CSAE Conference, Oxford March 2008 Marcel Fafchamps Department of Economics Oxford University   Markets and the Diffusion ...
Outline <ul><li>Introduction </li></ul><ul><li>Market institutions </li></ul><ul><ul><li>Laws and courts </li></ul></ul><u...
Introduction <ul><li>Institutions are important for development </li></ul><ul><li>Africa has weak market institutions and ...
Market institutions: Laws and courts <ul><li>Much policy attention to market institutions directed towards laws and courts...
Source: Fafchamps, Market Institutions in Africa, Table 4.5 4% 5% Ever called the police   4% 14% Threatened to call the p...
 
Market institutions: Relationships <ul><li>Laws can only affect market efficiency if they are internalized in social norms...
Market institutions: Reputation <ul><li>Possible solution: reputation mechanisms </li></ul><ul><li>What distinguishes mode...
Market institutions: Reputation <ul><li>For reputation mechanisms to work, economic agents must be unambiguously identifia...
Market institutions: Multiple equilibria <ul><li>Enforcement mechanisms are vulnerable to massive defection </li></ul><ul>...
Market institutions: Embedded markets <ul><li>Norms and expectations are embedded within a social structure consisting of ...
Size categories based on sales  729 243 254 227 Number of observations 2% 2% 2% 1% Public sources 4% 9% 2% 1% Messengers 7...
Market institutions: Ethnicity and social networks <ul><li>Business patterns of socialization partly reproduce private one...
Source: Fafchamps, Market Institutions in Africa, MIT Press, 2004 6.9% 0.0% 47.4% 12.7% 32.9% Zimbabwe 0.0% 1.6% 13.0% 25....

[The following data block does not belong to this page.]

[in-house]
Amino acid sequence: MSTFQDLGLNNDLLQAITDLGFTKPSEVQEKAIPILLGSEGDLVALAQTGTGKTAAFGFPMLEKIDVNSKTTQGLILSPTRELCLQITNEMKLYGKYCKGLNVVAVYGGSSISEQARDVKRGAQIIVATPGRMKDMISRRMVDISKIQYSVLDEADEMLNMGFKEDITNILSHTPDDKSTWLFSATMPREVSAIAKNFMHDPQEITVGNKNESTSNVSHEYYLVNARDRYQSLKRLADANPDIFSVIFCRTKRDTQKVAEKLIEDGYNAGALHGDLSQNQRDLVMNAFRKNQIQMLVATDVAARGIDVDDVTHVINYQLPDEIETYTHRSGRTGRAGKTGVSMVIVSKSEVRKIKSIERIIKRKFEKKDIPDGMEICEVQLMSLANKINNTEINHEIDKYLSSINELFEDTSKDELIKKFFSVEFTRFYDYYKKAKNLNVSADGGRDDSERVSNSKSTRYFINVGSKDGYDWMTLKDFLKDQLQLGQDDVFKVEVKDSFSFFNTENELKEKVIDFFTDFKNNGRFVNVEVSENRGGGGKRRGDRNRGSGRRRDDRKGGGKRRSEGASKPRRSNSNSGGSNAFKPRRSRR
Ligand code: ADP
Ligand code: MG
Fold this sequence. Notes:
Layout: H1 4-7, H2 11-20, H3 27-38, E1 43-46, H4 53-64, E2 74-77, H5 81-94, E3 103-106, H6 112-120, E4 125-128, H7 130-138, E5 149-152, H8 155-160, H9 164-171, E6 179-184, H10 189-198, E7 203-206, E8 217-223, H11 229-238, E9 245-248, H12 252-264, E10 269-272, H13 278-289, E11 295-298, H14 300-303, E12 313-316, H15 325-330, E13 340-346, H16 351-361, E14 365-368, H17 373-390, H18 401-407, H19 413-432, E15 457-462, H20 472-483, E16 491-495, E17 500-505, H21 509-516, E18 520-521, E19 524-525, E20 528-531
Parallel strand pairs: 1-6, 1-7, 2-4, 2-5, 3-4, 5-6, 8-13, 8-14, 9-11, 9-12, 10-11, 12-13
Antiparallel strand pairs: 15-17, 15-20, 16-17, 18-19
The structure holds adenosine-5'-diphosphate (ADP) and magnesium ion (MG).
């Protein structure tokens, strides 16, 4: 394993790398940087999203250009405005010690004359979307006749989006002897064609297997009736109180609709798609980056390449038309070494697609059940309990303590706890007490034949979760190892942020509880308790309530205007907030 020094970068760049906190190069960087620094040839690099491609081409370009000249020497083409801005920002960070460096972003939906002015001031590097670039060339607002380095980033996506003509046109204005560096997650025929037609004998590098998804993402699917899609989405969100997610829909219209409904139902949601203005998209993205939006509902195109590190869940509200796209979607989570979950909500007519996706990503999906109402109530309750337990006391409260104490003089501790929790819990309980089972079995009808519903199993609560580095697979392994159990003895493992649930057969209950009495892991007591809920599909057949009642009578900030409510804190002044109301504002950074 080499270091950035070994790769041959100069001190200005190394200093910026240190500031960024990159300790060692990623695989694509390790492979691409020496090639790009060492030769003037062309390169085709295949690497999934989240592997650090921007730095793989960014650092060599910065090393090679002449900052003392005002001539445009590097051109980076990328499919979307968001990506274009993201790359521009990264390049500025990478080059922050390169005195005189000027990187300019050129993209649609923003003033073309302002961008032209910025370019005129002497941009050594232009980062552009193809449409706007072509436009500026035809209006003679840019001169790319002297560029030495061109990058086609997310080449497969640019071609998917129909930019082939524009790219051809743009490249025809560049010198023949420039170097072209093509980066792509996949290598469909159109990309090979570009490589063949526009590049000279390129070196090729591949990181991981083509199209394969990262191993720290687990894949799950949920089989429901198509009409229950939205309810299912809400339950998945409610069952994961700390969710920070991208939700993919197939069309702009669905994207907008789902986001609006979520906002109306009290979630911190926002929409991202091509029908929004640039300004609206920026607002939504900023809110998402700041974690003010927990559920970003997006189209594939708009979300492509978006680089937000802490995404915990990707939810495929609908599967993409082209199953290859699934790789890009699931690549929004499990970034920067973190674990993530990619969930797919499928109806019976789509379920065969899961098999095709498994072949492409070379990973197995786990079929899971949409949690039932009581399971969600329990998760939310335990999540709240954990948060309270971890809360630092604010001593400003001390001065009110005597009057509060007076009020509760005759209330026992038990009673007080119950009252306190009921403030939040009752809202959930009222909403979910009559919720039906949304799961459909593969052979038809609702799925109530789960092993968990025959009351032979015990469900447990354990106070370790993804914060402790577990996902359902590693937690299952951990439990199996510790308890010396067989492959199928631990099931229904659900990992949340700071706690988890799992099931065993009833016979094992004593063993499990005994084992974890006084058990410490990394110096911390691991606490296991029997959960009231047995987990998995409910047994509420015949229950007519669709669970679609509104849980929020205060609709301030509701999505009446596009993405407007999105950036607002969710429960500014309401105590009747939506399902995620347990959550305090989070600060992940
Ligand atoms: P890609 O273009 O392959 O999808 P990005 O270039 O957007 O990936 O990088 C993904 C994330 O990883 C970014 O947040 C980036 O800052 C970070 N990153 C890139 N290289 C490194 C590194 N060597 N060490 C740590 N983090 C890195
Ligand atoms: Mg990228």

Institutions and development: Growth and innovations <ul><li>Long-term improvements in standards of living are ultimately ...
Institutions and development: Improving market institutions <ul><li>Informal market institutions are: </li></ul><ul><ul><l...
Institutions and development: Business practices <ul><li>To survive in business,  familiarity with local practices is esse...
Institutions and development: Diffusion of institutional innovations <ul><li>Familiarity with technological innovations ca...
Institutions and development: Foreign investors <ul><li>Foreign investors can be a powerful source of knowledge about mode...
Conclusion <ul><li>A sustained improvement in standards of living ultimately comes from the application of science to tech...
Conclusion <ul><li>What is needed is to promote social integration, especially in business circles  </li></ul><ul><li>Inte...
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Markets And The Diffusion Of Institutional Innovations

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Markets And The Diffusion Of Institutional Innovations

  1. 1. CSAE Conference, Oxford March 2008 Marcel Fafchamps Department of Economics Oxford University Markets and the Diffusion of Institutional Innovations
  2. 2. Outline <ul><li>Introduction </li></ul><ul><li>Market institutions </li></ul><ul><ul><li>Laws and courts </li></ul></ul><ul><ul><li>Relationships and reputation </li></ul></ul><ul><ul><li>Embedded markets </li></ul></ul><ul><li>Institutions and development </li></ul><ul><ul><li>Growth and innovation </li></ul></ul><ul><ul><li>Improving market institutions </li></ul></ul><ul><ul><li>Business practices </li></ul></ul><ul><ul><li>Diffusion of institutional innovations </li></ul></ul><ul><ul><li>The role of foreign investors </li></ul></ul><ul><li>Conclusion </li></ul>
  3. 3. Introduction <ul><li>Institutions are important for development </li></ul><ul><li>Africa has weak market institutions and unsophisticated market practices </li></ul><ul><li>This raises two questions: </li></ul><ul><ul><li>Is this the result of an inherently market-unfriendly culture? </li></ul></ul><ul><ul><li>What can be done to remedy the current situation? </li></ul></ul><ul><li>The purpose of this presentation is to offer elements of answer to both questions. </li></ul>